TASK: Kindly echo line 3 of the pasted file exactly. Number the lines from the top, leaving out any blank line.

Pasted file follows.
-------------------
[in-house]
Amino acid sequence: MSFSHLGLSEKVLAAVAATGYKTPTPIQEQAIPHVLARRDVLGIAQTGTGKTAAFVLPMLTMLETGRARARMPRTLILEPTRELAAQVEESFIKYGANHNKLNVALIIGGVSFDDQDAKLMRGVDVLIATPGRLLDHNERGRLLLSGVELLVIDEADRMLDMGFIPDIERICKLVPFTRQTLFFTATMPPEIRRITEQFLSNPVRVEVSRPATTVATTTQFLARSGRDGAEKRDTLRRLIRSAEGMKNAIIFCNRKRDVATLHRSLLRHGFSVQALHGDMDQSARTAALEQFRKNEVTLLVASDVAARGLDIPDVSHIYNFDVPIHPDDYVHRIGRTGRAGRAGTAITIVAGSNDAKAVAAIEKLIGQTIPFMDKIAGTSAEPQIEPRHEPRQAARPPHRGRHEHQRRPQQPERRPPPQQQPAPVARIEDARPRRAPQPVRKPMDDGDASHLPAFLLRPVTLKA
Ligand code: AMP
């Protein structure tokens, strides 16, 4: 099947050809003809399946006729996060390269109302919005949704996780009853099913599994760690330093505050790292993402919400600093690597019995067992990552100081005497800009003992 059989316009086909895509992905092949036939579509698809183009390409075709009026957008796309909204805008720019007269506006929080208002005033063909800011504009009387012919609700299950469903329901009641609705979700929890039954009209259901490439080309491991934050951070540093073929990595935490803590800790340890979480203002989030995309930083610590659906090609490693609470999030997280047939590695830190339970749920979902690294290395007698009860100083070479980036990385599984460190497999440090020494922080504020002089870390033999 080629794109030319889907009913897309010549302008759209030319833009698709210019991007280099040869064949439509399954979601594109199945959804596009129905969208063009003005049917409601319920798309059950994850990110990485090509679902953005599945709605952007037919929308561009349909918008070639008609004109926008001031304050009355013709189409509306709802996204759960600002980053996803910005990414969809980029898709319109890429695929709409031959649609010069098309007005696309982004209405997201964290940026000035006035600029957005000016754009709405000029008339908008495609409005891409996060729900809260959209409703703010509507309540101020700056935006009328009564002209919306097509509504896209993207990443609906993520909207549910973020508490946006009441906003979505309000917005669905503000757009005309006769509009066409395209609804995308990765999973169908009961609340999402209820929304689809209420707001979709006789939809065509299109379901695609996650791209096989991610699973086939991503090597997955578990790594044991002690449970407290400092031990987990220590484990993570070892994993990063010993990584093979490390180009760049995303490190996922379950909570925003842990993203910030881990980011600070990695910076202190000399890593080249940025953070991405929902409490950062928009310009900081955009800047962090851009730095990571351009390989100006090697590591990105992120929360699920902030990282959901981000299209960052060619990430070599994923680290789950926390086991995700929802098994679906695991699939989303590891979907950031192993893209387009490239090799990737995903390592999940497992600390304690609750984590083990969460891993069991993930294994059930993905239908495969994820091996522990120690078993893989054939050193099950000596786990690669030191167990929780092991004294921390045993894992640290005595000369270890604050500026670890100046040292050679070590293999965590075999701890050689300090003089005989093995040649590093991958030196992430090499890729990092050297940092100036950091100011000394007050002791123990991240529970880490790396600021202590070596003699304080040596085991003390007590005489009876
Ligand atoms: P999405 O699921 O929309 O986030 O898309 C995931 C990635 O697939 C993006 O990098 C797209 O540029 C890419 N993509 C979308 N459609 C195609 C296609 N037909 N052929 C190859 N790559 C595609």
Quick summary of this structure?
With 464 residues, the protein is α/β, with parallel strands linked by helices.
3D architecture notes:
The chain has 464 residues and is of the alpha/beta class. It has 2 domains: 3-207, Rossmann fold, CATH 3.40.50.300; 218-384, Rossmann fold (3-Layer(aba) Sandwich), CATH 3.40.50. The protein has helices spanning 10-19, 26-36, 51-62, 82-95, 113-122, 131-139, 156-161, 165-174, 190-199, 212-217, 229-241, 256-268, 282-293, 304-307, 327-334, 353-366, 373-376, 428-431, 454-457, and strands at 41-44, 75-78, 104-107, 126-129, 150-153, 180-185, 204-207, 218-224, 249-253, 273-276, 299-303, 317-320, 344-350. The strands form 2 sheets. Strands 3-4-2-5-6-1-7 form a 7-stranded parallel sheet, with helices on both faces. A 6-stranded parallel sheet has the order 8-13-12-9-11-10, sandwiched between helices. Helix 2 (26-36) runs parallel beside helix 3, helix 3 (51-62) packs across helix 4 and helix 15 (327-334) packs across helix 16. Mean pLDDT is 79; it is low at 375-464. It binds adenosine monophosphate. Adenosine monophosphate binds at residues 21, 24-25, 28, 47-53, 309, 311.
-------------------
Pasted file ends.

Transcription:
Ligand code: AMP